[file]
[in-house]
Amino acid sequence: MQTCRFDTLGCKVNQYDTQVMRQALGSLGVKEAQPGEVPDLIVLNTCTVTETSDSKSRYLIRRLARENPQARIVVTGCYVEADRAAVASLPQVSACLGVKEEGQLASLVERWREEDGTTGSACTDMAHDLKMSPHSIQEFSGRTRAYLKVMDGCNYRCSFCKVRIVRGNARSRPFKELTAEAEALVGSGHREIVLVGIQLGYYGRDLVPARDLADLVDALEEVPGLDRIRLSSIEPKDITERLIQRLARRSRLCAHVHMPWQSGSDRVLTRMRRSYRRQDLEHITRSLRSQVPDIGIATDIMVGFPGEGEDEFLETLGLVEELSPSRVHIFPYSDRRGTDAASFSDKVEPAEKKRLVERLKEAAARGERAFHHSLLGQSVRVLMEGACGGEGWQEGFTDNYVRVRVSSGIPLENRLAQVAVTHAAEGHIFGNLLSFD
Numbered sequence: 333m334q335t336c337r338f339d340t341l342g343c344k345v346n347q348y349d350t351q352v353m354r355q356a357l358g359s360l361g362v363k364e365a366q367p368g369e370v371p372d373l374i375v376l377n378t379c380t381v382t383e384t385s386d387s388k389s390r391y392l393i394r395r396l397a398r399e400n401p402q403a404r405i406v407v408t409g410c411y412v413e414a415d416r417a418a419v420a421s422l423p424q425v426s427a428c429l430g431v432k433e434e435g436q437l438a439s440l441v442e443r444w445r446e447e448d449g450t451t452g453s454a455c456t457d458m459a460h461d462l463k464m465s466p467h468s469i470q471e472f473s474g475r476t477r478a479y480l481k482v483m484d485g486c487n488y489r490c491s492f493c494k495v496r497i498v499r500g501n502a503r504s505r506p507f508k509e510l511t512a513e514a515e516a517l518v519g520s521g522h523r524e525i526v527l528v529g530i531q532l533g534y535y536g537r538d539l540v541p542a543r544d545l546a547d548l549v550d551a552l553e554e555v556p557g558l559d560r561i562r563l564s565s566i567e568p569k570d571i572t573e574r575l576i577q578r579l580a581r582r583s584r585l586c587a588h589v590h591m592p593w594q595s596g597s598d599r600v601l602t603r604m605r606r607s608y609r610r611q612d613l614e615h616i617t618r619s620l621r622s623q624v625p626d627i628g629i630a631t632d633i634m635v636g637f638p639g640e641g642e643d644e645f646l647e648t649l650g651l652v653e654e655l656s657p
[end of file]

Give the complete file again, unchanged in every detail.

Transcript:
[in-house]
Amino acid sequence: MQTCRFDTLGCKVNQYDTQVMRQALGSLGVKEAQPGEVPDLIVLNTCTVTETSDSKSRYLIRRLARENPQARIVVTGCYVEADRAAVASLPQVSACLGVKEEGQLASLVERWREEDGTTGSACTDMAHDLKMSPHSIQEFSGRTRAYLKVMDGCNYRCSFCKVRIVRGNARSRPFKELTAEAEALVGSGHREIVLVGIQLGYYGRDLVPARDLADLVDALEEVPGLDRIRLSSIEPKDITERLIQRLARRSRLCAHVHMPWQSGSDRVLTRMRRSYRRQDLEHITRSLRSQVPDIGIATDIMVGFPGEGEDEFLETLGLVEELSPSRVHIFPYSDRRGTDAASFSDKVEPAEKKRLVERLKEAAARGERAFHHSLLGQSVRVLMEGACGGEGWQEGFTDNYVRVRVSSGIPLENRLAQVAVTHAAEGHIFGNLLSFD
Numbered sequence: 333m334q335t336c337r338f339d340t341l342g343c344k345v346n347q348y349d350t351q352v353m354r355q356a357l358g359s360l361g362v363k364e365a366q367p368g369e370v371p372d373l374i375v376l377n378t379c380t381v382t383e384t385s386d387s388k389s390r391y392l393i394r395r396l397a398r399e400n401p402q403a404r405i406v407v408t409g410c411y412v413e414a415d416r417a418a419v420a421s422l423p424q425v426s427a428c429l430g431v432k433e434e435g436q437l438a439s440l441v442e443r444w445r446e447e448d449g450t451t452g453s454a455c456t457d458m459a460h461d462l463k464m465s466p467h468s469i470q471e472f473s474g475r476t477r478a479y480l481k482v483m484d485g486c487n488y489r490c491s492f493c494k495v496r497i498v499r500g501n502a503r504s505r506p507f508k509e510l511t512a513e514a515e516a517l518v519g520s521g522h523r524e525i526v527l528v529g530i531q532l533g534y535y536g537r538d539l540v541p542a543r544d545l546a547d548l549v550d551a552l553e554e555v556p557g558l559d560r561i562r563l564s565s566i567e568p569k570d571i572t573e574r575l576i577q578r579l580a581r582r583s584r585l586c587a588h589v590h591m592p593w594q595s596g597s598d599r600v601l602t603r604m605r606r607s608y609r610r611q612d613l614e615h616i617t618r619s620l621r622s623q624v625p626d627i628g629i630a631t632d633i634m635v636g637f638p639g640e641g642e643d644e645f646l647e648t649l650g651l652v653e654e655l656s657p